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Mini Sledgehammer September 2018

This month’s winner notes that he’s grateful to get to “pick up a bottle and book in exchange for a few dubious words.” Congratulations, Craig! He adds, “I should note that there were some truly terrific stories tonight.  These events provide such a great opportunity to hear some fine sentences carved out in just a few minutes by intriguing and clever people.” We’re glad you enjoy them.


Prompts:

Character: A woman executive
Action: Good will hunting
Setting: The International Space Station
Prop: An old radio


Directive 38foster

by Craig Foster

Directive 38 was nothing more than an afterthought, really. An exercise coughed up from an office outside Mission Control with a view toward figuring out how to pass ourselves off to the others, out at the farthest reaches. Presuming they hadn’t met us already, this would be a preemptive strike in terms of letting them know we’re OK. Not to be feared.

Or trifled with, though.

It was little more than a good will hunting mission, and Bobbi W called in Dr. Kuwahara to lead it. She’d been part of the training program near Enoshima, Japan. A test of whether dolphins truly were as smart or smarter than us. The jury was still out, but a few of them made it through school fairly quickly and two had already been granted PhDs. Dr. Kuwahara – a damn bottlenose, no less – had expertise in astronomical sociology and would be put to good use. Bobbi W, the first woman executive at the space agency, set the wheels in motion and arranged for Dr. Kuwahara to be transported in a tank to the launch pad in Kyrgyzstan.

It wasn’t the craziest thing that had ever happened to the good doctor. And she looked forward to presenting humans to the others as best as possible. Leave out the bits about nets and knives. Or weave a story around them that might put everyone at ease. You couldn’t count on an attack on people not also causing some collateral damage in the seas and on the savannahs.

It took a bit to get to the International Space Station, but the launch was moderately safe and the tank held its water.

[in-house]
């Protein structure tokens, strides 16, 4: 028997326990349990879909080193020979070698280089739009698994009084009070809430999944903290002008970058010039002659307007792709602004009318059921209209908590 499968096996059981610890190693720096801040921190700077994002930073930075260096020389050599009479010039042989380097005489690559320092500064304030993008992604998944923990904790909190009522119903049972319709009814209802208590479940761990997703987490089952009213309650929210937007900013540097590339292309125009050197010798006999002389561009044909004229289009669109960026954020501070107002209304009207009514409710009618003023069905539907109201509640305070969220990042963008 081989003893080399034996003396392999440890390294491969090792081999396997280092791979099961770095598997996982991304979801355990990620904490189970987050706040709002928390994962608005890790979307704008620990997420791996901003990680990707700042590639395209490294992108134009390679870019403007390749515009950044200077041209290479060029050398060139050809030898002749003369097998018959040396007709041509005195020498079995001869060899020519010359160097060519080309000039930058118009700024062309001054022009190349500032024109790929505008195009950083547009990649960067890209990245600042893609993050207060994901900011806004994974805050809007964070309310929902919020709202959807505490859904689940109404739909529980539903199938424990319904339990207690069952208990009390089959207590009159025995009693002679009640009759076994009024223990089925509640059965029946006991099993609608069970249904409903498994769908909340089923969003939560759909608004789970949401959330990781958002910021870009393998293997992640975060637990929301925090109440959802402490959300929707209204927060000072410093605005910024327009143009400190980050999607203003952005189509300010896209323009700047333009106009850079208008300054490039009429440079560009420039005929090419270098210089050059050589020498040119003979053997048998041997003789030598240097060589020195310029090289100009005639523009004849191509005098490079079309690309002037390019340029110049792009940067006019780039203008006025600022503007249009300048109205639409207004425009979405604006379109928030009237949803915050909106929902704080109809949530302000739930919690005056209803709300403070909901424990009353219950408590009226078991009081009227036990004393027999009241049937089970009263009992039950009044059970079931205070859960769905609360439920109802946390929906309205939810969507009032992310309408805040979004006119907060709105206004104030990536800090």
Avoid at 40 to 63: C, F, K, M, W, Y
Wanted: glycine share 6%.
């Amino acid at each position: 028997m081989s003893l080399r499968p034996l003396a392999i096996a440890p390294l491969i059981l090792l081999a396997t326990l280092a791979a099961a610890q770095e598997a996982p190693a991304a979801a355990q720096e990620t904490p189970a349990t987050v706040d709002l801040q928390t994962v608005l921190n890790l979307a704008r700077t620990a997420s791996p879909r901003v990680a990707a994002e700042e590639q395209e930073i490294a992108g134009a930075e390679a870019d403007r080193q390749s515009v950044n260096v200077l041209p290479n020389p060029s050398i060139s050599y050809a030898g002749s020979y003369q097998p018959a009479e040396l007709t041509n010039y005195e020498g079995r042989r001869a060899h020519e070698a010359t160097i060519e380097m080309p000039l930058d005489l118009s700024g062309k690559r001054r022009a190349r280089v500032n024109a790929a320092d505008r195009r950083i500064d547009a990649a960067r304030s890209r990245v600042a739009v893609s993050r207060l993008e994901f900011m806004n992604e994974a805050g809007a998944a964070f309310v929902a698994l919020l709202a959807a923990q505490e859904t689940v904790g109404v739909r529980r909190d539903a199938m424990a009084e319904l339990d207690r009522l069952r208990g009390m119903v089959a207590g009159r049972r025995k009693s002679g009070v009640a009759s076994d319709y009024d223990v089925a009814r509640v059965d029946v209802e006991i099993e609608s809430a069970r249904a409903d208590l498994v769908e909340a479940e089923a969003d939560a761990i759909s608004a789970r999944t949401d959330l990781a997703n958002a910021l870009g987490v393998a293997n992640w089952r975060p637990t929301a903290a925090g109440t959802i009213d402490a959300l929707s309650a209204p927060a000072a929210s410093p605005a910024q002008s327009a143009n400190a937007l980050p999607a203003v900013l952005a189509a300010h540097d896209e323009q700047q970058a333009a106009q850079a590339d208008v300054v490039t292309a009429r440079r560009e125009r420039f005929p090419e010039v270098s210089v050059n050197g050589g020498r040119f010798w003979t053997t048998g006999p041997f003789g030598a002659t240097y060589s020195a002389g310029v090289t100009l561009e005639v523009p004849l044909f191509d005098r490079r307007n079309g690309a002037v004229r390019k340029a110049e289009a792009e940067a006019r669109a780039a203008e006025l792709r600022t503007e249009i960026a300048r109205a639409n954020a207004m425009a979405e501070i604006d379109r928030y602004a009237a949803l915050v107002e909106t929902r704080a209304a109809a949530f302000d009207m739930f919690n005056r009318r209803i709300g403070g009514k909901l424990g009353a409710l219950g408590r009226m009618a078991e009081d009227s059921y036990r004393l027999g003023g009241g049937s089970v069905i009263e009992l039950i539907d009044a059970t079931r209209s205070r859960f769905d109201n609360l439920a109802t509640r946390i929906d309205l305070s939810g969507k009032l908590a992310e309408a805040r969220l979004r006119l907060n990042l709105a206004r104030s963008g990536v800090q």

The welcoming party was limited to the biologist, also from Japan. That didn’t exactly float well with Dr. Kuwahara, but she refrained from spouting too much. Told herself, it’s a flipping test, Sadako. Don’t let them stop you from heading out a bit further. So, she didn’t. Made one of those noises everyone pegged for laughter, and the biologist said something polite and encouraging to her.

They’d built a supermarine for Directive 38. A maneuverable pod filled with water and provided with just enough of the button controls Dr. Kuwahara would be familiar with from her time at the university. The communication mechanism looked like an old radio, which didn’t matter to the doctor, as she didn’t plan to talk to use it. No need to talk to anyone back at the station once she was out and about. There were three channels if she needed them, however: one that received sounds from within a few hundred thousand miles, another that allowed for communication with the station, and a third that played familiar audio from Earth. Some dolphin-speak to provide a presumed measure of comfort. A little bit from above ground, just for kicks. And a mix of French chansons, big band instrumentals, post-punk thrash, and news of the world.

A couple of astronauts joined the biologist, and after a series of checks were made Dr. Kuwahara’s tank was wheeled toward the already-filled supermarine. There was a waterlock filled with just enough liquid to allow for what the humans determined was an easy transfer from one watery home to another. They were half right. Dr. Kuwahara took a blow to the nose during the transfer, but everyone applauded and felt even better when she made that laughing noise again.

She clearly was of the proper demeanor for this mission.

 

Space isn’t empty. Not at all. In fact, it’s packed. It gets lonely because there’s too much matter out there. More than enough atoms to choke an endless supply of dolphins. But Dr. Kuwahara loved it. She turned a few times in the supermarine, staring through the two windows provided. One at the bottom of the tank, and one at what must be the front of the thing. Showing where she was heading, in any event.

She hit the radio and it played La Mer.

The good doctor went over the mission in her head. Humans: 1; Others: 0.5. Just to shw it wasn’t a completely uneven playing field. She played in her head everything she would communicate to whatever she found. Of salt and blood, buckets of fish. How to be right and proper in their eyes. When to speak and when to just watch. Mention their favorite jokes.

Say how to stay alive.

Or maybe reveal the one spot where she knew the humans were vulnerable. For kicks.

The song switched to La Vie En Rose, and this time she did laugh.

© 2018 Craig Foster


Craig Foster is an editor based in Portland, Oregon who every now and then tries to write stories. These usually revolve around oddballs and misfits, the most normal people he knows. Tahoma Literary Review, Buckman Journal, 1001, and Arq Press have published a few of these tales, which should prompt an investigation into their decision-making process. Lastly, the author would never misrepresent his physical appearance with a photo from twenty years ago. There are ethical standards to be maintained.

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